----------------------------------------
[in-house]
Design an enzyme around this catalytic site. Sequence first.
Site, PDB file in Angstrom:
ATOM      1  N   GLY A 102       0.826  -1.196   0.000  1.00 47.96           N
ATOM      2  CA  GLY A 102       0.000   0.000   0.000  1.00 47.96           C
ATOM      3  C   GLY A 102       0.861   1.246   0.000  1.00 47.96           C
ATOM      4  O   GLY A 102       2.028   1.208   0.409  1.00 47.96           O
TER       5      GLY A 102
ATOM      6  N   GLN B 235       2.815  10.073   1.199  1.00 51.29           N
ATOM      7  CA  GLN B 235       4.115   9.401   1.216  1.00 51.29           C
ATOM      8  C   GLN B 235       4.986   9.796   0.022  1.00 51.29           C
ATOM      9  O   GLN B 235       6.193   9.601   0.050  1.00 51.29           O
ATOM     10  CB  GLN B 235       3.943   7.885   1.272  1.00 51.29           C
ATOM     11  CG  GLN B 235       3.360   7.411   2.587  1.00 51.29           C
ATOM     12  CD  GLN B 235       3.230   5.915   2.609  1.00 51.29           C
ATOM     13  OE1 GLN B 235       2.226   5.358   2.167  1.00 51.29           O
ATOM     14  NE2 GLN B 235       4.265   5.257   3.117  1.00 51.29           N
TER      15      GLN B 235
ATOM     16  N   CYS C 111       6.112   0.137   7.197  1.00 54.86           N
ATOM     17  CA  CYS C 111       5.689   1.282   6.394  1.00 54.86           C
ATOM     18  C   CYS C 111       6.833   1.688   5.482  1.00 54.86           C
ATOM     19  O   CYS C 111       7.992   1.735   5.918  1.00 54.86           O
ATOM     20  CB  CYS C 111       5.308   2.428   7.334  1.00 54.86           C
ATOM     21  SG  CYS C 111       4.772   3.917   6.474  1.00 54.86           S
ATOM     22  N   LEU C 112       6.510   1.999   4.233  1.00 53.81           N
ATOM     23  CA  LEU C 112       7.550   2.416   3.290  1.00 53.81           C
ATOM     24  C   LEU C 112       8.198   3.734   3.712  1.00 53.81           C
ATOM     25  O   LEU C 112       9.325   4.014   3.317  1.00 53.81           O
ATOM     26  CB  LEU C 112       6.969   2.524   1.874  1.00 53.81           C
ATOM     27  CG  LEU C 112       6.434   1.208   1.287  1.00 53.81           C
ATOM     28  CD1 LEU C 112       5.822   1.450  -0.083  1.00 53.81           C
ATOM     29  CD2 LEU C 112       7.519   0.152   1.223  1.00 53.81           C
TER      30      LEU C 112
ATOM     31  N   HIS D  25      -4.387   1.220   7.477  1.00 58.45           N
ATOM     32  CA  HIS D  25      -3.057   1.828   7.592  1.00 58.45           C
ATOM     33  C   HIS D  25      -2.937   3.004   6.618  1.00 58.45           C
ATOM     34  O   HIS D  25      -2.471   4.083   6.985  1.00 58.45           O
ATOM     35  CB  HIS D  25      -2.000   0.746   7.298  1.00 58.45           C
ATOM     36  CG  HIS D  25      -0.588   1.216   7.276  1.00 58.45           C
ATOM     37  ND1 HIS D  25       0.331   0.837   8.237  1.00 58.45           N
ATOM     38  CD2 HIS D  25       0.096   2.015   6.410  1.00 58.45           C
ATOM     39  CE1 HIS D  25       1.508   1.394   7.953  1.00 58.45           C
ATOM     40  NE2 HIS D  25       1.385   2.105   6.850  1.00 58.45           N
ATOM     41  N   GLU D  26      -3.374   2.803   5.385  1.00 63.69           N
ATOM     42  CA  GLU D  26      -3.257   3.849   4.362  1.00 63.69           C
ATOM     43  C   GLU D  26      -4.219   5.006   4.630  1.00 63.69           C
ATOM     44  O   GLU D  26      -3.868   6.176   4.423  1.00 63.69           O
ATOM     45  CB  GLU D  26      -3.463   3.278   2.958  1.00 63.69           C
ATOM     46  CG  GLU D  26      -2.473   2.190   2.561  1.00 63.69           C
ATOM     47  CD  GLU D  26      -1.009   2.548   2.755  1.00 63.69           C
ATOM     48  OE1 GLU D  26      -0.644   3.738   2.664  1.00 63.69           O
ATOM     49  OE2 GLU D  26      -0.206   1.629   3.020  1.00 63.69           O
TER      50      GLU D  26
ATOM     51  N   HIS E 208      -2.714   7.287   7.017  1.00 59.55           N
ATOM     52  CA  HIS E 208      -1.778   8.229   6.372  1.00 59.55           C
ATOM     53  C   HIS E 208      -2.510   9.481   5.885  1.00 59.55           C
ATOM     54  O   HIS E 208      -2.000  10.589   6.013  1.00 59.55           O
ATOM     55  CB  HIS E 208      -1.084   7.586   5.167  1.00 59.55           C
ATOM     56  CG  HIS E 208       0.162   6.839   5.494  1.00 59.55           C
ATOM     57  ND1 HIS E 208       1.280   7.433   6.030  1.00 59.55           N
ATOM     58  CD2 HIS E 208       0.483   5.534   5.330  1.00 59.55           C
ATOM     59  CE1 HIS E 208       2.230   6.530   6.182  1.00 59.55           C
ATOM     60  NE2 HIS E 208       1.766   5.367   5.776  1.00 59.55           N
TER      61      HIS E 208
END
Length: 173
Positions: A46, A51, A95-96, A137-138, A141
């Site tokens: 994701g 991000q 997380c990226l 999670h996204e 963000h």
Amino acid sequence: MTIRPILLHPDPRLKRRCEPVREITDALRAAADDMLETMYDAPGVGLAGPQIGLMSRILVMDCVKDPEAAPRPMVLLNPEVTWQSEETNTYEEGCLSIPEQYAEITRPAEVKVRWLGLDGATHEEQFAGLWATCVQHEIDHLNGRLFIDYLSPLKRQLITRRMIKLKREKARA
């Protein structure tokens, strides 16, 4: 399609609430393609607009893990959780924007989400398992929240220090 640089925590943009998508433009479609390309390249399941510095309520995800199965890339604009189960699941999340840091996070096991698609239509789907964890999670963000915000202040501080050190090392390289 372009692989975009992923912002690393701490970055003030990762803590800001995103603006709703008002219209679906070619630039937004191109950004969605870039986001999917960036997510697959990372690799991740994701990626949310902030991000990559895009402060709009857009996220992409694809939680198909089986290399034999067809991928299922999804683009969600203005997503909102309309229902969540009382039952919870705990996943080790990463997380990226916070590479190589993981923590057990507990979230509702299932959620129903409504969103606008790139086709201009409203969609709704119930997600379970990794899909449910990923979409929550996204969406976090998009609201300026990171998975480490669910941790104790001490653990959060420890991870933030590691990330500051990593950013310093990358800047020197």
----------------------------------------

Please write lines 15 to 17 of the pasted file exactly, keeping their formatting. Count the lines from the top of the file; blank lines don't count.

ATOM     12  CD  GLN B 235       3.230   5.915   2.609  1.00 51.29           C
ATOM     13  OE1 GLN B 235       2.226   5.358   2.167  1.00 51.29           O
ATOM     14  NE2 GLN B 235       4.265   5.257   3.117  1.00 51.29           N